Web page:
One common misconception should be put aside before the discussion of any Edsel product. Edsels were not actually terrible cars. With that out of the way, everything else you've heard about Ford's disastrous Edsel division has been true. Edsel represented one of the most phenomenal flops in the history of consumerism. The company, over the course of just two miserable years, was arguably turned into the most spectacular failure ever experienced by the American auto industry. If the designers of the Hindenburg had instead chosen market research as their careers, they would have been eagerly recruited by the team that was responsible for giving the go-ahead to autodom's most explosive marketing blunder, named Edsel.
It's easy to see what went wrong when Ford brought out the new Edsel nameplate: everything. The Edsels were upscale cars that had the misfortune of being introduced as the American economy was in a recession. This key fact sealed the Edsel's fate, but most of the blame in the tragedy of Edsel can be placed on abominable marketing techniques.
Edsel's ad campaign seemed to have been designed by a talented politician. The cars promised everything, and delivered nothing. Even with their dismal quality control they really weren't awful automobiles, but they never had any chance of reaching the stupendously high expectations that their marketing strategy fostered.
Edsel generated substantial levels of hype throughout the United States long before any photographs of the company's vehicles were shown. People were whipped into excited frenzies, frantic and desperate as they waited to glimpse the automobile that everyone was talking about. Ford had pumped a great amount of money into Edsel to get its fledgling brand rolling, much of it going towards market research. Ford felt comfortable and confident as it built up public expectations in anticipation of Edsel's arrival because Ford was convinced—convinced—that they knew exactly what America wanted in a car. Well, Ford was wrong.
September 4, 1957—the day the Edsels would be unveiled to curious Americans across the country—was cleverly declared 'E-Day' as another marketing ploy. The new Edsel dealerships hosted 3,000,000 Americans on E-Day, leading them inside showrooms to peek at Edsels hidden behind curtains. The response was general apathy. Few cared for the face of Edsel, with its vertical horse collar grille, and many felt duped by marketing efforts that had promised a revolutionary car. Edsel may have had a funny grille and a new name, but it was certainly no revolution. All the hype backfired, and the Edsel name turned into a joke. Of course, the marketing aces behind the project had a great idea to counter slow sales and generate more interest in Edsel—offer test drivers the chance to win a free pony! Needless to say, sales levels never reached Ford's high expectations. It was announced in late 1959 that Edsel was to be put out of its misery.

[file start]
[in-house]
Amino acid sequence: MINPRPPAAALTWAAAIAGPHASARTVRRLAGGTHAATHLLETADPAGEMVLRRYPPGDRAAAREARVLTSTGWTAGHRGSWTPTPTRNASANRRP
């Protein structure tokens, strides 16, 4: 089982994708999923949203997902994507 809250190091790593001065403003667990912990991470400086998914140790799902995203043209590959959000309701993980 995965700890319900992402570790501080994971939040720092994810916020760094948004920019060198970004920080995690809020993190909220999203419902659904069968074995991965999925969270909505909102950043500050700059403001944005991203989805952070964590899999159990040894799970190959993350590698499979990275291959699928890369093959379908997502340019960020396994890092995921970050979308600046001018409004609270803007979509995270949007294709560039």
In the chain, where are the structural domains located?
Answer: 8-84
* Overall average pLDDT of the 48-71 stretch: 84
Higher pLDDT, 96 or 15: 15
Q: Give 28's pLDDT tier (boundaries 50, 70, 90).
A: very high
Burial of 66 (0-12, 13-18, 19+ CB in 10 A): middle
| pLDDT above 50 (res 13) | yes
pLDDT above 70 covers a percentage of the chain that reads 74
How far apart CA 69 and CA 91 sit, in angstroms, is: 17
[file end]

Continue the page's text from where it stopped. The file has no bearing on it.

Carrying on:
Despite the company's two-year lifespan and abysmal sales numbers, many different Edsel models were produced. In 1958, the first model year for Edsel, the top-of-the-line offering was the Citation. It came in three body styles. There were two-door and four-door hardtops, both with classy pillarless side glass. The hardtops were priced at $3,500 and $3,580, respectively, though an impressive options list could raise the sticker in a hurry. The other body style in which the Citation could be ordered was the convertible. At $3,766, this was the priciest and most stylish Edsel that could be purchased. It weighed over 4,300lbs, was 219in long, and had a massive 80in width. The Citation convertible represented vehicular excess at its finest and fattest.
Standard power for the Citation was courtesy of the E-475 V8. Unlike most American automakers, which numbered their engines according to cubic inch displacement, Edsel named its engines after their torque ratings. The E-475, then, produced a mammoth 475ft-lbs of torque, all at just 2,600rpm. Power was also impressive, with 345hp available at 4,600rpm. The E-475 was a typical American V8, with a pushrod-actuated overhead camshaft per cylinder and a massive 410ci displacement. The compression ratio was 10.5:1.
All Citations were equipped with a 3-speed automatic transmission to transmit their massive loads of torque to the rear wheels. Called the Teletouch Automatic, the transmission was operated via pushbuttons mounted at the center of the car's steering wheel. This novelty feature was interesting, but little else. The Teletouch system had no conceivable benefits over a column-shift design, and aside from the fancy buttons the transmission was just a run-of-the mill automatic. Reliability problems plagued the Teletouch, and it was replaced throughout the Edsel line by a column-shift for 1959.
The Citation was not a particularly impressive vehicle, nor was it a bad car. Its styling was not very distinctive or attractive, but with its defiant vertical grille it at least wasn't downright bland. The Citation, viewed only as a transportation device, was simply another average American car. No longer can an Edsel be viewed as just a car, though. The marketing disaster that defined Edsel provided an unflattering reason for collectors to take Edsels seriously. Furthermore, Edsels have become very rare, and their exclusivity, combined with their (in)famous story, has made them very valuable cars. An excellent Citation convertible is now worth up to $100,000. It took fifty years and more unbridled irony than a PETA-sponsored turkey hunt, but a car that nobody wanted has now become a car that nobody can afford.
'1958 Edsels.' Edsel.com Web. 19 Jan 2010.
Carlson, Peter. 'The Flop Heard Round the World.' Washington Post (2007): Web. 19 Jan 2010. .By Evan Acuña
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